Mainstreaming PWDs: IGA support, assistive device making a big difference

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Jobeda Begum, 42, lost a leg in her childhood in an accidental fire. Since then, she walks with a crutch. Married off early, Jobeda is childless but has an adopted son to look after. Her husband lives in Dhaka for low-paid daily work and can support his family only occasionally.

Despite her physical condition, Jobeda took up a domestic help’s job to raise her son but soon realised how difficult it is to do the chores with a crutch. She shifted to dish cleaning work at a nearby restaurant, but her struggle remained.

Late last year, she received a tricycle from Prosperity project. The initiative was part of the project’s assistive device support programme to increase mobility of persons with disability. Now Jobeda can move more freely to and from her cleaning job or any other places she might need to go.

“I am no longer dependent on others because I can now move alone and work comfortably sitting on this tricycle,” said Jobeda, from Shoulmari union of Nilphamari district.

Under its Disability Inclusion component, Prosperity provides assistive devices (e.g. hearing aid, white cane, tricycle and crutch) to project participants and their family members having physical disabilities. With the help of these devices, many like Jobeda are contributing to their family by performing household chores or engaging in income-generating activities.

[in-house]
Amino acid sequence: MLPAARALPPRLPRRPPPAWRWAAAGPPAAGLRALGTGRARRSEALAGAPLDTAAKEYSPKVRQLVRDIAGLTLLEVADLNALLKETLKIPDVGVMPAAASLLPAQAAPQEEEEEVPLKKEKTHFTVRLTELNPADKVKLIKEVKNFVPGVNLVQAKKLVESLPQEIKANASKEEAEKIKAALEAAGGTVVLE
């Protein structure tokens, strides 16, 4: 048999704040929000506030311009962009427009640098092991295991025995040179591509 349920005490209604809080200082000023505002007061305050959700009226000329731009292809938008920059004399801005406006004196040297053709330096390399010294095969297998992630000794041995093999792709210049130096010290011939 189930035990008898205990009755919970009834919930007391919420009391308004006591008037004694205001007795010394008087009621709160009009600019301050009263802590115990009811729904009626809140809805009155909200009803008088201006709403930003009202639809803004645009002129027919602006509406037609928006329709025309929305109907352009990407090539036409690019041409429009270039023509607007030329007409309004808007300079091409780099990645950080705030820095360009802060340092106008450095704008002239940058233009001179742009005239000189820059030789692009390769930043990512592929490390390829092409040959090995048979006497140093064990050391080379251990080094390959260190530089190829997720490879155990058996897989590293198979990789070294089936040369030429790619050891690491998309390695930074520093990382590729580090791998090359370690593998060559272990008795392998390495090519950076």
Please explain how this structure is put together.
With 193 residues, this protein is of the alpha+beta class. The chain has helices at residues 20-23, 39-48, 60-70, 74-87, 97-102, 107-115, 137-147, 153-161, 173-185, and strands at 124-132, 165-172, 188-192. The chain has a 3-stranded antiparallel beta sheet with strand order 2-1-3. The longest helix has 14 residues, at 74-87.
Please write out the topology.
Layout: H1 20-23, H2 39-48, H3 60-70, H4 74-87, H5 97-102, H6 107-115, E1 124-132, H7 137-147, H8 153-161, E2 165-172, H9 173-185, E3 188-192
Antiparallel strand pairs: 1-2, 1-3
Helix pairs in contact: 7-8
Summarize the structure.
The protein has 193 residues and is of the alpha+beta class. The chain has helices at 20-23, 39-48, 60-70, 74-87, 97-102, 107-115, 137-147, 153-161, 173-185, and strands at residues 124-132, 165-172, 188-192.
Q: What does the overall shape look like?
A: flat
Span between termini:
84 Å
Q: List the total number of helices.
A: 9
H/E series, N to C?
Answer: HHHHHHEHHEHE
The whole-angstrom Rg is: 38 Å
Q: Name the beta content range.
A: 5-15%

Those who are physically capable get IGA training and financial support for establishment of IGAs that are appropriate for them. They feel empowered because of this mainstreaming activities. As a result, many participants are now directly contributing to household income by engaging in poultry or goat rearing, tailoring, and other viable IGAs.

Other activities to mainstream and empower persons with disabilities include support for their registration as PWDs, which is mandatory for availing social safety net allowance. Through linkage building, the project also connects PWDs with the local government offices for their inclusion in the safety net programmes.

Lalita Rani Roy, 24, was overwhelmed with emotion after she received a hearing aid from the project.

“I never knew that such a thing existed. Now I am the happiest person on earth because I can hear my loved ones,” said Lalita, who was born with a hearing impairment.

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